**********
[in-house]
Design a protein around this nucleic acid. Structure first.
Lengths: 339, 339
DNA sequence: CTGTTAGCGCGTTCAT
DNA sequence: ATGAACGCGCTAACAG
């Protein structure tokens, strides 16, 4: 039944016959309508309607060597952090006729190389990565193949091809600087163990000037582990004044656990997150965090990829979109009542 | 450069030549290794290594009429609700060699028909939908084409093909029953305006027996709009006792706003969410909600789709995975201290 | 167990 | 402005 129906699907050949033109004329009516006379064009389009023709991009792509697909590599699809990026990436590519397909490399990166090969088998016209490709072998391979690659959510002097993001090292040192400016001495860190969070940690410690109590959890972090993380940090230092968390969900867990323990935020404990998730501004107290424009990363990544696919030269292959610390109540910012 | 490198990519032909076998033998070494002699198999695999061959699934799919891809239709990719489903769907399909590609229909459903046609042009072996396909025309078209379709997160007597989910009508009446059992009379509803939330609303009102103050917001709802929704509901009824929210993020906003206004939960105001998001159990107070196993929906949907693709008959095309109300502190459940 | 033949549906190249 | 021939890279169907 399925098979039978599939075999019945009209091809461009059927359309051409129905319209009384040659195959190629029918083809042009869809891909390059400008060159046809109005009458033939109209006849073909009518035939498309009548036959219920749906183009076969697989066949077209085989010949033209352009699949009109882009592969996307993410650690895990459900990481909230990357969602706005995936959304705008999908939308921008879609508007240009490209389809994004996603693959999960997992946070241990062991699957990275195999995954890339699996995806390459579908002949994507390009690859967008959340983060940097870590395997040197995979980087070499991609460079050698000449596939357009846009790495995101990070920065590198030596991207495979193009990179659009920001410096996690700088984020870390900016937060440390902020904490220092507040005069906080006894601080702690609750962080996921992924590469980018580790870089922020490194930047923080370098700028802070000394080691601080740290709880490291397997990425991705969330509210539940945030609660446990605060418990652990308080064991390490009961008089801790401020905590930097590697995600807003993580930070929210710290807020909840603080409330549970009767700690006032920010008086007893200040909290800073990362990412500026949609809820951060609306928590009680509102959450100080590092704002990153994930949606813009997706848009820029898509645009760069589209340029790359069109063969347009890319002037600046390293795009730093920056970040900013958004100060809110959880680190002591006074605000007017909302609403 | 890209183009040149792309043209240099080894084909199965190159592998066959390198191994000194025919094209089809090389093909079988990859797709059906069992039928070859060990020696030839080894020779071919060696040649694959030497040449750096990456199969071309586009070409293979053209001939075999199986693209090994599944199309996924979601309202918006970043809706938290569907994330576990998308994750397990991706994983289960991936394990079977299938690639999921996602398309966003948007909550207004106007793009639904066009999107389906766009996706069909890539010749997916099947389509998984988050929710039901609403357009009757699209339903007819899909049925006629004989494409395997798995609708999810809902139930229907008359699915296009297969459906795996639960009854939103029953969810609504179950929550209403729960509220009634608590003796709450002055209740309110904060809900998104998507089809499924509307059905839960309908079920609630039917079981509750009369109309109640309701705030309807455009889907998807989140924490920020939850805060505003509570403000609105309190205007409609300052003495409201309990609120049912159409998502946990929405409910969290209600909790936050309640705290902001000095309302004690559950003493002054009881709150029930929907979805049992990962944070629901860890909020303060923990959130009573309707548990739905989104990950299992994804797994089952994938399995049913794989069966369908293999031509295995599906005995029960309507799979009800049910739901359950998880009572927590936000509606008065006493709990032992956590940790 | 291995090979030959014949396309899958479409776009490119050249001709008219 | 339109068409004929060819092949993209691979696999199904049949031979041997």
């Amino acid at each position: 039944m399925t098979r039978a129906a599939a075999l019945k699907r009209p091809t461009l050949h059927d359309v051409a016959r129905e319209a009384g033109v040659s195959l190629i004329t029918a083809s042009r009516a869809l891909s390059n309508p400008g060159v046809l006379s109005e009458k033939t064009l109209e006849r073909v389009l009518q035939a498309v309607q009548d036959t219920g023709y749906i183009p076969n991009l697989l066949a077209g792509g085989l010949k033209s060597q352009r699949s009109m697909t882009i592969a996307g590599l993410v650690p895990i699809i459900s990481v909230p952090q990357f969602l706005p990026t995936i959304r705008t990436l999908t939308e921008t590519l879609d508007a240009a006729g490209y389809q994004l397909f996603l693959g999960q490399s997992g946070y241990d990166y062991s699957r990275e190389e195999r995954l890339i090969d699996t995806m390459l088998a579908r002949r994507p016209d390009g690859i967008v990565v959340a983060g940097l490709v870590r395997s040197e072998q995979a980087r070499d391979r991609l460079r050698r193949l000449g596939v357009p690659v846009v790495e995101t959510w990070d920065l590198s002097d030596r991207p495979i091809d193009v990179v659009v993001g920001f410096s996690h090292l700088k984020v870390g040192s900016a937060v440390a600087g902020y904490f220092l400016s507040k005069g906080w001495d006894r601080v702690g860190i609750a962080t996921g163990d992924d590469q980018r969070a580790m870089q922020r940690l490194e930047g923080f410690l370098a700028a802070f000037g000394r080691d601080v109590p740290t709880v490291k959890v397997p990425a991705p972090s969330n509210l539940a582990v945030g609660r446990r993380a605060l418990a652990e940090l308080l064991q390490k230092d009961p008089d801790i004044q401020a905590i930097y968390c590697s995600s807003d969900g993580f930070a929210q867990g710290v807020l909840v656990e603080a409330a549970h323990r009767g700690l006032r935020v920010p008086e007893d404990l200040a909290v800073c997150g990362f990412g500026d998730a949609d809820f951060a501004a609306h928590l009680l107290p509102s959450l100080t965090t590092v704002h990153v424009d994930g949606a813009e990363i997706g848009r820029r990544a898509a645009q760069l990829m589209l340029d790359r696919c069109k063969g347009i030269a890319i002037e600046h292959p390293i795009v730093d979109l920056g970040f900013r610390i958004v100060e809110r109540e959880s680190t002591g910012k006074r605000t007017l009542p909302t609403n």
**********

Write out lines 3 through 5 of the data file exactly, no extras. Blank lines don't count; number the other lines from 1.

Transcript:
Lengths: 339, 339
DNA sequence: CTGTTAGCGCGTTCAT
DNA sequence: ATGAACGCGCTAACAG